Veena and Vani - An Ancient Tradition

Posted on 26 September, 20205 min read

In the tradition of Indian Classical music, वीणा (Veena), वाणी (Voice) and वेणु (Bamboo flute) represent a time honoured trio of mediums for performing music, recognized since the ancient times. They were considered the supreme form of musical mediums in Gandharva Sangeet (celestial music). It has been said that during Vedic rituals, especially, during Samagana rituals, the head priest was often accompanied by his wife on the Veena. Of course, since then a lot of time has passed and both the music and the instrument Veena have evolved.

Till recent times, many vocalists were often trained on Veena. A Veena is a sensitive instrument capable of creating the most subtle of intonations, called microtones. Vocalists were often trained to sing with the Veena, in order to be pitch perfect and to be able to master microtones. Musicans like Muthuswamy Dikshitar, M S Subbalakshmi, Bande Ali Khan, Ziauddin Dagar were master vocalists and veena players. Except for Bande Ali Khan, the other three went on to pursue and focus on vocal music. Bande Ali Khan played the Rudra Veena, though he had many vocal students, and is considered to be the founder of Kirana Gharana style of Khyal music. Even till the 18th and 19th century, it was common for vocalists to be often accompanied by Veena. Today we often see vocalists accompanied by violin or harmonium, or sometimes by Sarangi.

As an example, here is a recording of Madurai Shanmugavadivu (mother of M S Subbalakshmi), singing and playing the Saraswati Veena.

In this session, we present a Chandraveena - Vocal duet in Raga Bhimpalasi. This is rendered in two parts. The first part is the Raga Alapana, consisting of Alap and Jod, also known as Alapana and Tanam. The second part is the composition set to a rhythmic cycle of 12 beats, known as Chautala.

We are pleased to feature Aparna Shastri on vocals. She is a trained vocalist under master vocalist late Ustad Zia Fariduddin Dagar. She has also received guidance from Pandit Uday Bhawalkar and Ustad Mohi Bahauddin Dagar.

Concerts are often ended with what is called Tani Avartanam (Tani means Solo, Avartanam means rhythmic cycle) where after the main rendition, the rhythm accompanist plays a solo. Here, after the completion of the Pallavi, Dhaval Mistry continues on Pakhawaj, and plays a solo exploring the rhythmic variations of Chautala.

Program Notes

Raga Alapana in Raga Bhimpalasi

Raga Alapana is an improvisation and a systematic presentation of a Raga. This part has no rhythmic accompaniment. This has three parts - Alap, Jod and Jhala. Here only Alap and Jod are presented. This format is also known as Ragam and Tanam.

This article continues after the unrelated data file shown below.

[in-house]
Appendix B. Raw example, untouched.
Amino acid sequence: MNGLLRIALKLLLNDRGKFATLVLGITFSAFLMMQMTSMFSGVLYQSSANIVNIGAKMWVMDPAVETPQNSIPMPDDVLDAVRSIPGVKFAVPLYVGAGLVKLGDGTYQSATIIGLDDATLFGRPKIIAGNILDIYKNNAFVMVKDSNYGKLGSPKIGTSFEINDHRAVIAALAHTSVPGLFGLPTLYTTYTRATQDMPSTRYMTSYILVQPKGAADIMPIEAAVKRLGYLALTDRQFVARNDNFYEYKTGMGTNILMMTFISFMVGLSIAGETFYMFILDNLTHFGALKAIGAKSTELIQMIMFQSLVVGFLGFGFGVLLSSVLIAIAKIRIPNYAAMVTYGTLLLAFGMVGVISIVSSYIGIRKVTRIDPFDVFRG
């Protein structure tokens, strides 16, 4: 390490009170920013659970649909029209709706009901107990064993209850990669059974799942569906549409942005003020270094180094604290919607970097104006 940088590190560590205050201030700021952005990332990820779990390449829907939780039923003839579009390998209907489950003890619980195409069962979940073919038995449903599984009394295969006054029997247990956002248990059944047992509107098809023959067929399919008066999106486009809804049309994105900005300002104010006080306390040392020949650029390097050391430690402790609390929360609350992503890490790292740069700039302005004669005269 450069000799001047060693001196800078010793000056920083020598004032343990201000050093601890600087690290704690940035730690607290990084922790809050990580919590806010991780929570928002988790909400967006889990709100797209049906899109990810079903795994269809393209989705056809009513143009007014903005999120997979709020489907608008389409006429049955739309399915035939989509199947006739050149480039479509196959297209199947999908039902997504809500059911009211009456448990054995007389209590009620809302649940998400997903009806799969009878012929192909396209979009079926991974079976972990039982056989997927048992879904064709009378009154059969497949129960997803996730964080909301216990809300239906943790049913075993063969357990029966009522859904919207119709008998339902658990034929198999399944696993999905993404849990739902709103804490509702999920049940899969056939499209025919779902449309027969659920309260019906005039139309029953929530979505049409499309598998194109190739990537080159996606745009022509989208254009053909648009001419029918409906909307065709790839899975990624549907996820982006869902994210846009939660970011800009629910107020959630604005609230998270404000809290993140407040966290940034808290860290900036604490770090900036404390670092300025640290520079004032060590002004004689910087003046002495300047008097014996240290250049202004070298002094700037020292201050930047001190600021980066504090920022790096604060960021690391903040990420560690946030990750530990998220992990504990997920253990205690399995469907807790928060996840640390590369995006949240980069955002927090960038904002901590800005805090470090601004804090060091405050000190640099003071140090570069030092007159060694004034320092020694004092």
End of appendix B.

Pallavi (composition) in Raga Bhimpalasi set to Chautala

Pallavi is a melodic phrase or lyrics set to a fixed set of beats in a rhythmic cycle. The improvisation here is creating interesting rhythm based melodic patterns while maintaining the framework of the Raga. This part of the performance is accompanied by Pakhawaj.

Here, we present a traditional Dhrupad composition. The lyrics of the composition are:

Sthayi/Pallavi - कुंजन में रचो रास अदभुत गति लिए गुपाल कुंडल की झलक देखि कोटि मदन टट को|

Antara/Anupallavi - अधर तो सुरंग रंग बांसुरी उपाय संग ऐसी छबि देखि देखि मोहन के मुकुट पर मेरो मन अटके|

Here are some notes about the Raga and the Tala.

Raga - Bhimpalasi

Scale - Sa Re ga ma Pa Dha ni

Family - Palasi

Melakarta - Kharaharapriya (Sa Re ga ma Pa Dha ni)

Prahar - 4th prahar (equivalent to 3 PM - 6 PM)

Reading the scale

In Indian Classical Music, the seven notes in an octave are called Sa Re Ga Ma Pa Dha Ni and then Sa comes again. Notes with a capitalised first letter are called Tivra (or sharp) notes. E.g., Re above. Notes written fully in lower case are called Komal (or flat) notes. E.g., ma and ni above. Sa and Pa are always written with a capitalized first letter.


In Indian Classical Music, Ragas are classified into Prahars (time periods of a day or night) which are said to represent the most appropriate time to perform the Raga.

About the Tala

Chautala has 12 beats split as 4 + 4 + 2 + 2 denoted by solfas or syllables representing various rhythmic patterns. The basic solfas of Chautala are given below.

Tala - Chautala

Beats - 12 (4+4+2+2)

Solfas - Dha Dha Dhin Ta | ThiTa Dha Dhin Ta | ThiTa KatTa | GaDhi GaNa |



Chandraveena - S Balachander

Vocals - Aparna Shastri

Pakhawaj - Dhaval Mistry


Sadharani Music Works -

The full recording of this performance is available at

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